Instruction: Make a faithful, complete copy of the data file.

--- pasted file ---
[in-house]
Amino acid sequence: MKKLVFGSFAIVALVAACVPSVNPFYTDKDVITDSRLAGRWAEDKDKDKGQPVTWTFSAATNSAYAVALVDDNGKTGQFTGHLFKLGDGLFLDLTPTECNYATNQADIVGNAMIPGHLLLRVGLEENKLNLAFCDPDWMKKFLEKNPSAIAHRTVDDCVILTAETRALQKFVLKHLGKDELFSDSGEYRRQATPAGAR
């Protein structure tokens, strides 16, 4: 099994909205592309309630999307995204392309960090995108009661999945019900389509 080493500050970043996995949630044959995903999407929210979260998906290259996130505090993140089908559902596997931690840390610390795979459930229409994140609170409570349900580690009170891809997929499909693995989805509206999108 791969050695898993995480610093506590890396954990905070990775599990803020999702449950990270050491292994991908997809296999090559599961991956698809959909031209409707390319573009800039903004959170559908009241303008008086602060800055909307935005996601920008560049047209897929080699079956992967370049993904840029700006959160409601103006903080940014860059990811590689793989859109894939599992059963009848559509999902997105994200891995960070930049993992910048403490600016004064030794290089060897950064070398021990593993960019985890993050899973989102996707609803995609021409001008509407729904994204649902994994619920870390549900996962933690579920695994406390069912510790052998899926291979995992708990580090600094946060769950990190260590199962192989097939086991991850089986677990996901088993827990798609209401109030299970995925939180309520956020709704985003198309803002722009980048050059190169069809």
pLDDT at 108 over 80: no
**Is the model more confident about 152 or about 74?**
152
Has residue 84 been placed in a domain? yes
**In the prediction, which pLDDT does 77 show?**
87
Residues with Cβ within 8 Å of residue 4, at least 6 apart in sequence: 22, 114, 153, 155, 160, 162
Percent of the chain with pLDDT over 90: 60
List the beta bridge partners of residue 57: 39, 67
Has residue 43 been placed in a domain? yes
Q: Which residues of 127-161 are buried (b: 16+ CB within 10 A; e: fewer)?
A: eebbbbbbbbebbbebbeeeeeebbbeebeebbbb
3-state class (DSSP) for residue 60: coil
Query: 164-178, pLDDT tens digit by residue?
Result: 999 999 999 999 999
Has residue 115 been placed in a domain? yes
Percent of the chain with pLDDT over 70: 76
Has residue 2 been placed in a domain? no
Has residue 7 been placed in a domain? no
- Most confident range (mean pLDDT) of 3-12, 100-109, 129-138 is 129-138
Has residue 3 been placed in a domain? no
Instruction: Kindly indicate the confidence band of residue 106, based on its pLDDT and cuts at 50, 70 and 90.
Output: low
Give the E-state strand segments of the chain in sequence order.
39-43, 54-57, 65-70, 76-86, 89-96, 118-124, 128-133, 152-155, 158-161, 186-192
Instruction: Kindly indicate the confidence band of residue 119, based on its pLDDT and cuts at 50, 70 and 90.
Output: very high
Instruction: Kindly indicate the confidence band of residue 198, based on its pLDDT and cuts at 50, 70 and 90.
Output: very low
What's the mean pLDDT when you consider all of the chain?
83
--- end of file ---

[in-house]
Amino acid sequence: MKKLVFGSFAIVALVAACVPSVNPFYTDKDVITDSRLAGRWAEDKDKDKGQPVTWTFSAATNSAYAVALVDDNGKTGQFTGHLFKLGDGLFLDLTPTECNYATNQADIVGNAMIPGHLLLRVGLEENKLNLAFCDPDWMKKFLEKNPSAIAHRTVDDCVILTAETRALQKFVLKHLGKDELFSDSGEYRRQATPAGAR
């Protein structure tokens, strides 16, 4: 099994909205592309309630999307995204392309960090995108009661999945019900389509 080493500050970043996995949630044959995903999407929210979260998906290259996130505090993140089908559902596997931690840390610390795979459930229409994140609170409570349900580690009170891809997929499909693995989805509206999108 791969050695898993995480610093506590890396954990905070990775599990803020999702449950990270050491292994991908997809296999090559599961991956698809959909031209409707390319573009800039903004959170559908009241303008008086602060800055909307935005996601920008560049047209897929080699079956992967370049993904840029700006959160409601103006903080940014860059990811590689793989859109894939599992059963009848559509999902997105994200891995960070930049993992910048403490600016004064030794290089060897950064070398021990593993960019985890993050899973989102996707609803995609021409001008509407729904994204649902994994619920870390549900996962933690579920695994406390069912510790052998899926291979995992708990580090600094946060769950990190260590199962192989097939086991991850089986677990996901088993827990798609209401109030299970995925939180309520956020709704985003198309803002722009980048050059190169069809």
pLDDT at 108 over 80: no
**Is the model more confident about 152 or about 74?**
152
Has residue 84 been placed in a domain? yes
**In the prediction, which pLDDT does 77 show?**
87
Residues with Cβ within 8 Å of residue 4, at least 6 apart in sequence: 22, 114, 153, 155, 160, 162
Percent of the chain with pLDDT over 90: 60
List the beta bridge partners of residue 57: 39, 67
Has residue 43 been placed in a domain? yes
Q: Which residues of 127-161 are buried (b: 16+ CB within 10 A; e: fewer)?
A: eebbbbbbbbebbbebbeeeeeebbbeebeebbbb
3-state class (DSSP) for residue 60: coil
Query: 164-178, pLDDT tens digit by residue?
Result: 999 999 999 999 999
Has residue 115 been placed in a domain? yes
Percent of the chain with pLDDT over 70: 76
Has residue 2 been placed in a domain? no
Has residue 7 been placed in a domain? no
- Most confident range (mean pLDDT) of 3-12, 100-109, 129-138 is 129-138
Has residue 3 been placed in a domain? no
Instruction: Kindly indicate the confidence band of residue 106, based on its pLDDT and cuts at 50, 70 and 90.
Output: low
Give the E-state strand segments of the chain in sequence order.
39-43, 54-57, 65-70, 76-86, 89-96, 118-124, 128-133, 152-155, 158-161, 186-192
Instruction: Kindly indicate the confidence band of residue 119, based on its pLDDT and cuts at 50, 70 and 90.
Output: very high
Instruction: Kindly indicate the confidence band of residue 198, based on its pLDDT and cuts at 50, 70 and 90.
Output: very low
What's the mean pLDDT when you consider all of the chain?
83